# -7.1 transform u''+0.5u'+2u=0 into a system of first order eq

• MHB
• karush
In summary, to transform the given equation into a system of first order equations, we can use substitution by letting $u_1=u$ and $u_2=u'_1$. This yields the system of equations $u_1'=u_2$ and $u_2'=-0.5u_2-2u_1$. For the equation $u''+0.5u'+2u=3\sin t$, we can similarly define $u_1=u$ and $u_2=u'$ and obtain the system $u_1'=u_2$ and $u_2'=3\sin(t)-0.5u_2-2u_1$.
karush
Gold Member
MHB
transform the given equation into a system of first order equation$$u''+0.5u'+2u=0$$ok from examples it looks all we do is get rid of some of the primes and this is done by substitutionso if $u_1=u$ and $u_2=u'_1$
then $u_2=u'$ and $u'_2=u''$
then we have $u'_2+0.5u_2 +2u_1 = 0$then isolate $u'_2$ thus $u'_2=-0.5u_2-2u_1$ok the next problem is$$u''+0.5u'+2u=3\sin t$$ so ?

Last edited:
karush said:
transform the given equation into a system of first order equation$$u''+0.5u'+2u=0$$ok from examples it looks all we do is get rid of some of the primes and this is done by substitutionso if $u_1=u$ and $u_2=u'_1$
then $u_2=u'$ and $u'_2=u''$
then we have $u'_2+0.5u_2 +2u_1 = 0$then isolate $u'_2$ thus $u'_2=-0.5u_2-2u_1$
But you don't yet have a system of equations!
Your system of equations consist of the two equations
$u'_1= u_2$ and
$u'_2= -0.5u_2- 2u_1$.

ok the next problem is $$u''+0.5u'+2u=3\sin t$$ so ?
The same thing. Let $u_1= u$ and $u_2= u'$.
The given equation is $u_2'+ 0.5u_2+ 2u_1= 3\sin(t)$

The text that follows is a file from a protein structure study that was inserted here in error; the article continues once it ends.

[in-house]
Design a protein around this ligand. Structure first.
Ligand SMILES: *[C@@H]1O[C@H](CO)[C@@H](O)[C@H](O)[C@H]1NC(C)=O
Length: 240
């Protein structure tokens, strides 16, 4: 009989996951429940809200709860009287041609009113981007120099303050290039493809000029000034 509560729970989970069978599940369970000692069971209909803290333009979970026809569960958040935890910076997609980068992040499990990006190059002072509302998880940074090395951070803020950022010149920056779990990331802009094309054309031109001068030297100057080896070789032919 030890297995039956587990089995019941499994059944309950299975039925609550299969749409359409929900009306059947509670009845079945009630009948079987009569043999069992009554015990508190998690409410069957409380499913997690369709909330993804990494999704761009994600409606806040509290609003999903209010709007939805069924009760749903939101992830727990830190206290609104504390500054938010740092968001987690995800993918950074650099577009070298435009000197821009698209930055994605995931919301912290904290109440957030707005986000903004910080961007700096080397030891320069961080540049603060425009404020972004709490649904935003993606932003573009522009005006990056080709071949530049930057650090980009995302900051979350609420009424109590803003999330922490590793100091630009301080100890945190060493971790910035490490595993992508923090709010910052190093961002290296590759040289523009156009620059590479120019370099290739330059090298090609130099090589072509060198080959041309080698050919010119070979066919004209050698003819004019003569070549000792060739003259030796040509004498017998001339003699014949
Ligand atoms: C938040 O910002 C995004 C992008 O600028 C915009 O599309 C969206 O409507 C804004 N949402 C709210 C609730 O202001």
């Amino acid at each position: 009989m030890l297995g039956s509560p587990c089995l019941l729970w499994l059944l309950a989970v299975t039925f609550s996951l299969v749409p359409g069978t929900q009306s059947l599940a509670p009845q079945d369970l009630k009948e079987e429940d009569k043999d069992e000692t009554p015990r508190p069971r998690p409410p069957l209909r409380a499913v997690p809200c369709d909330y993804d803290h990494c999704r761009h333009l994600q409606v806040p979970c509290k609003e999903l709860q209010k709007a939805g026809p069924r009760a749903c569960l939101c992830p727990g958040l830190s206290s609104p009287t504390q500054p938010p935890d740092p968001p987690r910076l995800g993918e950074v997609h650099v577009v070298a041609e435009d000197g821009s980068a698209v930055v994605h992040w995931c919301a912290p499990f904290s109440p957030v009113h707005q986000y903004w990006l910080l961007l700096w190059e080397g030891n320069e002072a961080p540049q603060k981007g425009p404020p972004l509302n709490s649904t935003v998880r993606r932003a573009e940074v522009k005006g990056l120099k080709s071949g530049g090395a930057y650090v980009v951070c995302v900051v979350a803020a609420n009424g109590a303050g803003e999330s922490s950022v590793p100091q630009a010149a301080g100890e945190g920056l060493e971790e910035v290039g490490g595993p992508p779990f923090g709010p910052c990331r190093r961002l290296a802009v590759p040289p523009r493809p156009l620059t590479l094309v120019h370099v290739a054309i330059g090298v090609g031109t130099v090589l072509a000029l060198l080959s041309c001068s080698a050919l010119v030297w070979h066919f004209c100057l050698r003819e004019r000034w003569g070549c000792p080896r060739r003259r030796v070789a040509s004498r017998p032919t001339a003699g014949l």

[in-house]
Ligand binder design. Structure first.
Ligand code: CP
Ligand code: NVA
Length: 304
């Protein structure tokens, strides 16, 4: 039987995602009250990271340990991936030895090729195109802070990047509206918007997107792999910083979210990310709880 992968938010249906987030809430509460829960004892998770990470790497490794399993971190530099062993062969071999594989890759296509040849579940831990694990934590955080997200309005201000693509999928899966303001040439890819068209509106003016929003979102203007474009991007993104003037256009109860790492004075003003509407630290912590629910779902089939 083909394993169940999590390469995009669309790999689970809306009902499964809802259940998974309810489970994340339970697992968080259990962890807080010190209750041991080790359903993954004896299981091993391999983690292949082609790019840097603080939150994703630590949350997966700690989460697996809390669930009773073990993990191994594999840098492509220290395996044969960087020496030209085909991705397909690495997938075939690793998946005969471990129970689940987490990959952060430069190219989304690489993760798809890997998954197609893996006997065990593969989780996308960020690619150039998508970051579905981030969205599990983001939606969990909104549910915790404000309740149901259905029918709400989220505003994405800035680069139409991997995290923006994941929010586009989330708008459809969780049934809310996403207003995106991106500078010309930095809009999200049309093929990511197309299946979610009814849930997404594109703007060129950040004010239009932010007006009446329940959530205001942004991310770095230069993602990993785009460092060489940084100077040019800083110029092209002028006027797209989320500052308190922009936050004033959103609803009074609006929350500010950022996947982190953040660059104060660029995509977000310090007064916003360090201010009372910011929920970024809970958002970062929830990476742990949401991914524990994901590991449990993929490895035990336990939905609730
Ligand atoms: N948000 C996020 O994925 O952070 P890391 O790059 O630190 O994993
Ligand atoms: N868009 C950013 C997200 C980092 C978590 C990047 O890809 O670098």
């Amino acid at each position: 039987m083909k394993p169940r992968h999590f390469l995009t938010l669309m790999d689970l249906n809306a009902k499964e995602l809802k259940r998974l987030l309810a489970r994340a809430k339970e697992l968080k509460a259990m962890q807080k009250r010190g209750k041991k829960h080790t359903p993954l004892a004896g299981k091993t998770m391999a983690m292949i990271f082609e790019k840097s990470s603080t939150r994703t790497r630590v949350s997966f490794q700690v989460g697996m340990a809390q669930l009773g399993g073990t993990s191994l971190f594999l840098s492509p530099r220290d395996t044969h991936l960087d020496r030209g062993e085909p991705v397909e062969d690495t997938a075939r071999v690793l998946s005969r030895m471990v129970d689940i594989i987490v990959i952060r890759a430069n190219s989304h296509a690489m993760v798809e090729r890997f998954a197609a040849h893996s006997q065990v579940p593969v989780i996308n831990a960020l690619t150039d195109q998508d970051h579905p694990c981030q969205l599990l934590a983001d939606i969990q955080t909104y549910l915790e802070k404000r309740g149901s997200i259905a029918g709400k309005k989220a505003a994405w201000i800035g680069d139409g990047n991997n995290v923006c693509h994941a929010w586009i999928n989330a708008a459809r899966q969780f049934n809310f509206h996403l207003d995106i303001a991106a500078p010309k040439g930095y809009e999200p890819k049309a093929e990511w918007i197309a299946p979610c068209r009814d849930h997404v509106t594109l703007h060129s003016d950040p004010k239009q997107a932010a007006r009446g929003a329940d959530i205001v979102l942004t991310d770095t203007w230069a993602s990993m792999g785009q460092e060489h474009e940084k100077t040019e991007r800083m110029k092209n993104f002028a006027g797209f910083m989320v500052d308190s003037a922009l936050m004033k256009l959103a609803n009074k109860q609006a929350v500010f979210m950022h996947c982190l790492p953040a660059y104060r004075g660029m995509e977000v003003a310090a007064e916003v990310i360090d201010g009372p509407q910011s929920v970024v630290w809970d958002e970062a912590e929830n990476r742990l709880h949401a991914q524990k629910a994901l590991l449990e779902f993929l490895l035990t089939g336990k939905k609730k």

which can be written $u_2'= 3\sin(t)- 0.5u_2- 2u_1$.

Your system of equations consist of the two equations
$u_1'= u_2$ and
$u_2'= 3\sin(t)- 0.5u_2- 2u_1$.

OK thank you much
I haven't been on the forum for a few days..

actually I plan on taking this class again in spring 2020 (UHM 307)
I just audited it last spring but really missed a lot of classes and homework

## 1. What is a first order equation?

A first order equation is an ordinary differential equation that contains only first derivatives of the dependent variable. It can be written in the form of dy/dx = f(x,y), where y is the dependent variable and x is the independent variable.

## 2. How do you transform a second order equation into a system of first order equations?

To transform a second order equation into a system of first order equations, we introduce a new variable, say u, and rewrite the equation as a system of two first order equations: u' = y and y' = f(x,y). This allows us to solve for both u and y simultaneously.

## 3. What is the purpose of transforming a second order equation into a system of first order equations?

Transforming a second order equation into a system of first order equations allows us to solve for both variables simultaneously and obtain a more general solution. It also allows us to use numerical methods to approximate the solution if an analytical solution is not possible.

## 4. What is the significance of the coefficients in the transformed system of first order equations?

The coefficients in the transformed system of first order equations represent the rate of change of the dependent variable with respect to the independent variable. They determine the behavior of the system and can provide insight into the dynamics of the original second order equation.

## 5. Are there any limitations to transforming a second order equation into a system of first order equations?

Yes, there are some limitations to this transformation. It may not be possible to transform every second order equation into a system of first order equations, especially if the equation is non-linear. In addition, the transformed system may be more complex and difficult to solve than the original equation.

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